Next Lesson

Chris Woodley
Hyphen Theatre Company
Pleasance Theatre Islington

Stanley Eldridge and Esme Paisley-Ford Credit: Mihaela Bodlovic
Hyphen Theatre Company Credit: Mihaela Bodlovic
Cole Michaels and Esme Paisley-Ford Credit: Mihaela Bodlovic

Chris Woodley’s play Next Lesson opens with Margaret Thatcher’s notorious anti-gay speech to the 1987 Tory Conference.

The following year, the Conservative government introduced Section 28 of the Local Government Act. This prohibited the promotion of homosexuality or “the teaching in any maintained school of the acceptability of homosexuality as a pretended family relationship".

This, along with other public expressions of prejudice, made life more difficult for any schoolchild to express same-sex interest. It also deterred school staff from appearing anything other than heterosexual. After all, wouldn’t Section 28 mean for instance that a gay teacher could not be a positive role model?

This is the climate in which Next Lesson traces the story of Michael Turner (Stanley Eldridge), a 14-year-old in 1988 nervously telling his mother that he is gay to a point in 2006 when he is himself an openly gay teacher.

The show moves quickly through a series of short scenes. The year they take place is chalked up on a door to the side of the stage through which characters enter and depart. Each scene illustrates an issue or development in the characters lives.

There is the double life of Chris, a teacher claiming in school not to be gay while behaving in a quite different way at a Gay Pride event. A woman teacher in a secret relationship with another woman tries to maintain that secrecy while she applies for promotion. Then there is the management attempt to stop the use of a book that might present a positive view of gays.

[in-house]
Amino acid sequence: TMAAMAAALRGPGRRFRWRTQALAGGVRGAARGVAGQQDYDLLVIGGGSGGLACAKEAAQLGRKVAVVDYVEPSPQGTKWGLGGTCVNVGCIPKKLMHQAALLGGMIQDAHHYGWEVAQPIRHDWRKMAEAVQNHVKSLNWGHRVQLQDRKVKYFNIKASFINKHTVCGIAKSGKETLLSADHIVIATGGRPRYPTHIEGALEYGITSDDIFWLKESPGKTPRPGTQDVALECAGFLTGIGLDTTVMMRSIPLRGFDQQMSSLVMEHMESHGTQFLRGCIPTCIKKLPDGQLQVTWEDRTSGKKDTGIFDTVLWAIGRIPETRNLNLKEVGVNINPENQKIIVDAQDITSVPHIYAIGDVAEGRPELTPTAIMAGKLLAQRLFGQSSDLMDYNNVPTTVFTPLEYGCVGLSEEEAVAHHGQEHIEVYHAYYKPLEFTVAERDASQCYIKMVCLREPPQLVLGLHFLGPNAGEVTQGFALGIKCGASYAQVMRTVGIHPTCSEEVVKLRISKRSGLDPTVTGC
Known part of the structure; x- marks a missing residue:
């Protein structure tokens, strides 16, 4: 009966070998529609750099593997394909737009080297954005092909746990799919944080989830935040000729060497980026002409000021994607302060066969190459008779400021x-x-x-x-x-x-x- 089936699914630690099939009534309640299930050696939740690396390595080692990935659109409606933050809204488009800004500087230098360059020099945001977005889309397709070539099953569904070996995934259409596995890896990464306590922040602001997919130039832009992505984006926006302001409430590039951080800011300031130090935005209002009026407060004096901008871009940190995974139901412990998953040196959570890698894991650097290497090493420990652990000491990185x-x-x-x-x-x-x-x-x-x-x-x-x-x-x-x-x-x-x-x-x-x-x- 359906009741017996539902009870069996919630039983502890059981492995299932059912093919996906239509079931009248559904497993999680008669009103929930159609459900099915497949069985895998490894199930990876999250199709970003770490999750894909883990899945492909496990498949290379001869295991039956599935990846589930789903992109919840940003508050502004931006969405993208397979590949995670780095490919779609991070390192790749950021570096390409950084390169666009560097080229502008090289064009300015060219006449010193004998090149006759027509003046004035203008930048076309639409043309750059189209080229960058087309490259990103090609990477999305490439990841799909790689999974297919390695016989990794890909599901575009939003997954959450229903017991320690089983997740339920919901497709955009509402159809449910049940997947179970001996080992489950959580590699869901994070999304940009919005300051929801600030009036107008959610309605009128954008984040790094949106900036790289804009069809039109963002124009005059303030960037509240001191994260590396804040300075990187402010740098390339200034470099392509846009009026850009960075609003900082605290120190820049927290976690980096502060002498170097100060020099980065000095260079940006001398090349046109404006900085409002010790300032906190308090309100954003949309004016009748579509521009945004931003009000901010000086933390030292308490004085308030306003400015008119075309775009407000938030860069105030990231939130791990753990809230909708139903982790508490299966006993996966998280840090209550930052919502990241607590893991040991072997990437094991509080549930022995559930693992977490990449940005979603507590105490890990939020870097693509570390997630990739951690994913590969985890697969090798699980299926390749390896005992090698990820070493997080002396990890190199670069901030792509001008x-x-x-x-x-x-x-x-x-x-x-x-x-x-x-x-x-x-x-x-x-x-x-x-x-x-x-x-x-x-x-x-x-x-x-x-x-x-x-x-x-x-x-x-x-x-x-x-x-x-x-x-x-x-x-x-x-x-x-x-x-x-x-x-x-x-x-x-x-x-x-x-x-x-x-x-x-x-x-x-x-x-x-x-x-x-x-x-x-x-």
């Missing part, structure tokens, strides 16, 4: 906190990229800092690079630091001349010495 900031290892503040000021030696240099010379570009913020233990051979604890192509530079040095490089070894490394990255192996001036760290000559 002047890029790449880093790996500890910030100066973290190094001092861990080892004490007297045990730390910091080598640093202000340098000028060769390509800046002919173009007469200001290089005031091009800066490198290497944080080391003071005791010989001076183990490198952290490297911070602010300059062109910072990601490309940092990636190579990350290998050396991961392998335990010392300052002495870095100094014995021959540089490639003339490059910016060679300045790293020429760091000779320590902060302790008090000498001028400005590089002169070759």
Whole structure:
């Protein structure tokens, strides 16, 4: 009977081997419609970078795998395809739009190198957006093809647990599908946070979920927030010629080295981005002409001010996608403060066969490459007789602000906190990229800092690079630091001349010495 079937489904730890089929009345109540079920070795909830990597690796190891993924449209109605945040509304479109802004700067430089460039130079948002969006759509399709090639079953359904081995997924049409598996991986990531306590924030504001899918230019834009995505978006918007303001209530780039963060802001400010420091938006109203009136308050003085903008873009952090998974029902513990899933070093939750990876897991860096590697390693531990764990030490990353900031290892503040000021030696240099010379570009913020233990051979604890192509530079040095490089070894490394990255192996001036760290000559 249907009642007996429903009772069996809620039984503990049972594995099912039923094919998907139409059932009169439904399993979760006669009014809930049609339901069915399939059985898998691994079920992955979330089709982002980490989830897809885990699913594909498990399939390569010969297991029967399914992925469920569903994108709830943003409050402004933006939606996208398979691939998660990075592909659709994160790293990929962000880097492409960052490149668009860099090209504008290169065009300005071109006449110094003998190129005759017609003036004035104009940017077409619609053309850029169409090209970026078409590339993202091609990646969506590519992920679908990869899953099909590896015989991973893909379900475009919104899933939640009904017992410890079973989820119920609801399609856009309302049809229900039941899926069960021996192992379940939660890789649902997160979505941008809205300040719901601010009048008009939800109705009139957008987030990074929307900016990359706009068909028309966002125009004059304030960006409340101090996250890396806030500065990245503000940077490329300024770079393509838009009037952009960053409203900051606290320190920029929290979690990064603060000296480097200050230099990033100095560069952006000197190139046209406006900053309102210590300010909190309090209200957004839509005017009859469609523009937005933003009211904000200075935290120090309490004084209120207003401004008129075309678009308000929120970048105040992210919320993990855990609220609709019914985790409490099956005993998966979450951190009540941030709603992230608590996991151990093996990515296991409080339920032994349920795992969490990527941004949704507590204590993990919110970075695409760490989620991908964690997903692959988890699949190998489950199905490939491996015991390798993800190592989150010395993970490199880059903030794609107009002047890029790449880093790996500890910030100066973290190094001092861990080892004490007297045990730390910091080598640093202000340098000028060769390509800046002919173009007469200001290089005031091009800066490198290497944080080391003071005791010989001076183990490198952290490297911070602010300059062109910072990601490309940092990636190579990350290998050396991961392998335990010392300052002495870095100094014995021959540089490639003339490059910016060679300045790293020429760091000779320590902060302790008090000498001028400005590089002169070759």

We also see something of the 1999 shock and injury caused by the bombing of a Soho pub popular with gay men.

At no point does the play leave us with the sense that it is easy to be openly gay or lesbian. However, there is a recognition that things have changed for the better. Two school lads relax in school, swapping stories about the males they fancy, one fresh from a rugby match the other visibly gay. In another scene, a group of lesbian and gay staff in school surprise Michael with a small celebration. The mood is upbeat and it is the optimistic note on which the play ends.

The show treats the issues seriously but lightly and this gentleness of touch leads to a weakness. We never get to see much complexity in the issues. There is no exploration of the contending positions on issues raised or the consequences of these issues. Nor does the show allow much space for character development.

We barely see characters before we are rushed into another scene and other characters. Cole Michaels as Dave is a confident, engaging school worker to whom the audience really warm, but he never develops as a character. Esme Paisley-Ford, who had the daunting task of playing four characters, is a very fine actor. However even her excellent ability to switch from one voice to another still left some of us with an occasional confusion.

We should be grateful to Chris Woodley and Hyphen Theatre for this thoughtful show. There was at last night’s performance a school trip of 42 positive and very responsive students enjoying what they saw. Would that even have been allowed in the grim days of 88? I think it unlikely.

Let’s hope that Next Lesson finds its way into schools as a contribution to undoing some of the damage caused by the prejudices of the past.

Reviewer: Keith Mckenna